Place effects on health: how can we conceptualise, operationalise and measure them?

Macintyre, S., Ellaway, A. and Cummins, S. (2002) Place effects on health: how can we conceptualise, operationalise and measure them? Social Science and Medicine, 55(1), pp. 125-139. (doi:10.1016/S0277-9536(01)00214-3)

Full text not currently available from Enlighten.

Publisher's URL: http://dx.doi.org/10.1016/S0277-9536(01)00214-3

Abstract

In this paper we highlight what we consider to be a lack of adequate conceptualisation, operationalisation and measurement of "place effects". We briefly review recent historical trends in the study of the effects of place on health in industrial countries, and argue that "place effects" often appear to have the status of a residual category, an unspecified black box of somewhat mystical influences on health which remain after investigators have controlled for a range of individual and place characteristics. We note that the distinction between "composition" and "context" may be more apparent than real, and that features of both material infrastructure and collective social functioning may influence health. We suggest using a framework of universal human needs as a basis for thinking about how places may influence health, and recommend the testing of hypotheses about specific chains of causation that might link place of residence with health outcomes. Author Keywords: Place; Area effects; Compositional explanations; Contextual explanations; Collective social functioning; Universal human needs.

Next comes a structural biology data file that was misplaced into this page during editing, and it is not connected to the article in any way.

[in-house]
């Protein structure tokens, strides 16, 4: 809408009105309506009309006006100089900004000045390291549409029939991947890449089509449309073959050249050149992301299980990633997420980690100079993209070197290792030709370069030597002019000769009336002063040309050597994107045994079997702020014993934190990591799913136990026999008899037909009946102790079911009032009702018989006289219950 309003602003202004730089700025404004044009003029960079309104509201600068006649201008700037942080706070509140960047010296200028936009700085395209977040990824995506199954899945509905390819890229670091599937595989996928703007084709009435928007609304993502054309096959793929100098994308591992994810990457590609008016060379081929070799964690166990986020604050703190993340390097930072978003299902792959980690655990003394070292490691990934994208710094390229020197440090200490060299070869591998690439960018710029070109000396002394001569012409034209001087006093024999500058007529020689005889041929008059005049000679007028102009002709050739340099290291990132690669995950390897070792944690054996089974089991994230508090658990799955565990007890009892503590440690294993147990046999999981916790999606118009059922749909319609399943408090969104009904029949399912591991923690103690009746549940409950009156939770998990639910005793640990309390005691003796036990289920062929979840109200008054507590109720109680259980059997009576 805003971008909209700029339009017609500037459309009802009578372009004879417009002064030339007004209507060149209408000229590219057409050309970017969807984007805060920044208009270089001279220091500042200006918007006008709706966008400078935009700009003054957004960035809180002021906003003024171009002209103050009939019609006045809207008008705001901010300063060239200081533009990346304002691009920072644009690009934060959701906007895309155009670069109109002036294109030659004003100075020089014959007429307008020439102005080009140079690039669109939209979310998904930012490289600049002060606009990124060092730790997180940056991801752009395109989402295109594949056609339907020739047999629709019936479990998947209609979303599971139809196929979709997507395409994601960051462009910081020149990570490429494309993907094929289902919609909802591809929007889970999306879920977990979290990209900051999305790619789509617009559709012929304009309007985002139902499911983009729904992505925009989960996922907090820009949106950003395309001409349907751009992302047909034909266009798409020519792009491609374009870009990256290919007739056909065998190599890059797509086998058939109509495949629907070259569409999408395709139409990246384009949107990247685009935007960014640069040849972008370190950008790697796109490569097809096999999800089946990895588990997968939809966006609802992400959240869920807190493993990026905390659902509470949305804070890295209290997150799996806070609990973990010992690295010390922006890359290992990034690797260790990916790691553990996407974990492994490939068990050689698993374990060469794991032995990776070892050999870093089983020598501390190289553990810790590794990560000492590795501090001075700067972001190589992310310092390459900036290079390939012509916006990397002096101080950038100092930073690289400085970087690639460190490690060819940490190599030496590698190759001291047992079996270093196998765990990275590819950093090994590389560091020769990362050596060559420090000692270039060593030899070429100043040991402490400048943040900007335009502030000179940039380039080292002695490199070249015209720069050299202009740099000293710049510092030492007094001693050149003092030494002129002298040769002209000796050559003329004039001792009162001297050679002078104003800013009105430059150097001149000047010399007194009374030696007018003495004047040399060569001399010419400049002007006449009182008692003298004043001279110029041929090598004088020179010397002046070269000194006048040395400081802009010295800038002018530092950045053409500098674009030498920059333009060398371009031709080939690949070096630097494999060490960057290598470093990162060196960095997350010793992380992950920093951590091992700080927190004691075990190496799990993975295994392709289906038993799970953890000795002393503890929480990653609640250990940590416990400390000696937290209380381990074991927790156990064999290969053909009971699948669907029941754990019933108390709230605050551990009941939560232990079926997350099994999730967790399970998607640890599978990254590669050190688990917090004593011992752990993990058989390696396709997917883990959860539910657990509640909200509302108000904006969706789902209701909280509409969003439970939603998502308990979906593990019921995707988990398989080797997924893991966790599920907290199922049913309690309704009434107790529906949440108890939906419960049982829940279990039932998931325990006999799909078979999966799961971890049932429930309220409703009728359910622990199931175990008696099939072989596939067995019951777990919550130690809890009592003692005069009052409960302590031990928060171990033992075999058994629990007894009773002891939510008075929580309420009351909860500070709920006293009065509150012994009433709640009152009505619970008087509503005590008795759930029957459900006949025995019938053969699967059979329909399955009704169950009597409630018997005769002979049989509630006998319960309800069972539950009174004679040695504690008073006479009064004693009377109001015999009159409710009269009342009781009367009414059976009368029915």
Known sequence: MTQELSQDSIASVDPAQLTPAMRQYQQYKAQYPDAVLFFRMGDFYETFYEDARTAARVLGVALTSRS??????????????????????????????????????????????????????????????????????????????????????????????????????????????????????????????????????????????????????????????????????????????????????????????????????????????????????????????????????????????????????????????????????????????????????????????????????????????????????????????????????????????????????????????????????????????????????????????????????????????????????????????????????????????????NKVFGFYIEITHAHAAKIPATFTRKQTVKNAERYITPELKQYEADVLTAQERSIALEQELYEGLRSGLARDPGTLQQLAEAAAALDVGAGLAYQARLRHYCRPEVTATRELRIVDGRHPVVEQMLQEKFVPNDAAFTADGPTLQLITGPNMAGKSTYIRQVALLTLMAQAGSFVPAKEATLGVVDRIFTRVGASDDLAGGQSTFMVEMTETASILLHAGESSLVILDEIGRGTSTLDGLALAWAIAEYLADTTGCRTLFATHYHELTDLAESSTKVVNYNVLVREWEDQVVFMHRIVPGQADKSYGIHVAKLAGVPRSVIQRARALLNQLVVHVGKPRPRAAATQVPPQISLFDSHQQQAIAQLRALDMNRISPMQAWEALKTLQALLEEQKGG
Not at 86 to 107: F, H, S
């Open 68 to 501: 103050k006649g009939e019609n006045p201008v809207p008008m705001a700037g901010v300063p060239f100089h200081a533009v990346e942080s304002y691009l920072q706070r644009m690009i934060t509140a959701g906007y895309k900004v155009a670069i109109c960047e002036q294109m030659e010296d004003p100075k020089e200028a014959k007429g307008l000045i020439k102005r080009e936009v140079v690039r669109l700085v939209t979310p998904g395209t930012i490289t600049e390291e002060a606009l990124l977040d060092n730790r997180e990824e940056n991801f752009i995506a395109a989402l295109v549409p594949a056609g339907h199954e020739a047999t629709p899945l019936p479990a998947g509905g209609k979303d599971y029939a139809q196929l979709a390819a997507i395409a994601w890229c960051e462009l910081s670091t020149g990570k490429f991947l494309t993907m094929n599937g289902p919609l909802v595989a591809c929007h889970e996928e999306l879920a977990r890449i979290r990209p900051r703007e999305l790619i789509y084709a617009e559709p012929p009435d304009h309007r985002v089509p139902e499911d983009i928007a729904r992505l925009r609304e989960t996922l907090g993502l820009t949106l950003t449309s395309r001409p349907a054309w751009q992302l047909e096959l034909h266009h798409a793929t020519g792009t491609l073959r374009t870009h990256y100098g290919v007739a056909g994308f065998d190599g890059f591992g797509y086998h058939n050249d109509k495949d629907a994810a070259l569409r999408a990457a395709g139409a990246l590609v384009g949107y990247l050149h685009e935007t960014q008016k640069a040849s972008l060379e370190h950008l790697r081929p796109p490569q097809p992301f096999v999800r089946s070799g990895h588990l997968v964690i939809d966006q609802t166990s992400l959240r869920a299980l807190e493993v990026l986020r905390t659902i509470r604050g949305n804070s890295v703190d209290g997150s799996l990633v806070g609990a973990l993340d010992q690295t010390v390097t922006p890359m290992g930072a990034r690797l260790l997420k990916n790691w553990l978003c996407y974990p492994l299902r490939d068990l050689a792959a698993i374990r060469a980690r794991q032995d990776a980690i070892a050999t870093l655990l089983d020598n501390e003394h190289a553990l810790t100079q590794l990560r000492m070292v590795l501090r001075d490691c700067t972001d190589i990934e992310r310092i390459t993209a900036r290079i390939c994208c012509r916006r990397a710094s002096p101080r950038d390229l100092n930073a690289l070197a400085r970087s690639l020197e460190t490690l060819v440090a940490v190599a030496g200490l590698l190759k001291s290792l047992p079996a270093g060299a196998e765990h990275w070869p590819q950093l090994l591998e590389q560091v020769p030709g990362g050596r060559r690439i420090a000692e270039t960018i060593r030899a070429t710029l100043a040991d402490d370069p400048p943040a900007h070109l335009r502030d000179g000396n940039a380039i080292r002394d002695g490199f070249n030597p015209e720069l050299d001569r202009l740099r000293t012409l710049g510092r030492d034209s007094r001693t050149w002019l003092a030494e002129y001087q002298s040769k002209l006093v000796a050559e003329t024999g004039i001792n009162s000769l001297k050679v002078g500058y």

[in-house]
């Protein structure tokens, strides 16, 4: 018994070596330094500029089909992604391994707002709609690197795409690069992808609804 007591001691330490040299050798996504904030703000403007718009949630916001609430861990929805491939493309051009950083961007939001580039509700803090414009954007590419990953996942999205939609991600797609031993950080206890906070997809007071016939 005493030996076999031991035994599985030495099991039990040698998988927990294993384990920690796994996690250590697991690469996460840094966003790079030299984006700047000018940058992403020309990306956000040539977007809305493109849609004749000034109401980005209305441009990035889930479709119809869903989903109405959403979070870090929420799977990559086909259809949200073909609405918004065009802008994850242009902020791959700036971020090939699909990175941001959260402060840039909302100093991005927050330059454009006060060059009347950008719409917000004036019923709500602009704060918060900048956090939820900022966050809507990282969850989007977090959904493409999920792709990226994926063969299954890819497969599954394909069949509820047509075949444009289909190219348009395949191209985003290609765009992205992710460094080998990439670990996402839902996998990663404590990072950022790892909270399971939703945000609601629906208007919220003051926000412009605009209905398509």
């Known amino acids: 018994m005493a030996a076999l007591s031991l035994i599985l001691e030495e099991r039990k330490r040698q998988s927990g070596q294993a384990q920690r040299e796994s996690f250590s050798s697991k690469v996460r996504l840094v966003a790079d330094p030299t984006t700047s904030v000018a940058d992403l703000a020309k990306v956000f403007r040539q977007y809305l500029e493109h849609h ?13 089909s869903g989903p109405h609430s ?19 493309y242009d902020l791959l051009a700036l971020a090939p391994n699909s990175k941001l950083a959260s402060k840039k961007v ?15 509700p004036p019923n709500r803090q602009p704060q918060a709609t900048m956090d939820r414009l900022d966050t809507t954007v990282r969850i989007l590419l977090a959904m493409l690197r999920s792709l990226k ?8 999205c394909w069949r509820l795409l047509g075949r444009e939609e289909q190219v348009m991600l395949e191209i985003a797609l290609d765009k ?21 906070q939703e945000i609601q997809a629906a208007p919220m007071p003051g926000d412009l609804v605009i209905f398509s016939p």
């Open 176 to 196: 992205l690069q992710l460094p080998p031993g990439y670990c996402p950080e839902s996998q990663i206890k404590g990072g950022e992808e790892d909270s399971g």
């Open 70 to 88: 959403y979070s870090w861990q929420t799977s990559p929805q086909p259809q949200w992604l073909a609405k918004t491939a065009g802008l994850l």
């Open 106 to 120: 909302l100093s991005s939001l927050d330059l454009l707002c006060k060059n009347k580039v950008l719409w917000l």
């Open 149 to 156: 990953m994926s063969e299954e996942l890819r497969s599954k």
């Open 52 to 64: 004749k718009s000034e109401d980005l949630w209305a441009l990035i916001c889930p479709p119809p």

Item Type:Articles
Status:Published
Refereed:Yes
Glasgow Author(s) Enlighten ID:Macintyre, Professor Sally and Ellaway, Dr Anne
Authors: Macintyre, S., Ellaway, A., and Cummins, S.
Subjects:R Medicine > RA Public aspects of medicine
College/School:College of Medical Veterinary and Life Sciences > Institute of Health and Wellbeing > MRC/CSO SPHSU
College of Medical Veterinary and Life Sciences > School of Medicine, Dentistry & Nursing > Centre for Population and Health Sciences
Journal Name:Social Science and Medicine
ISSN:0277-9536

University Staff: Request a correction | Enlighten Editors: Update this record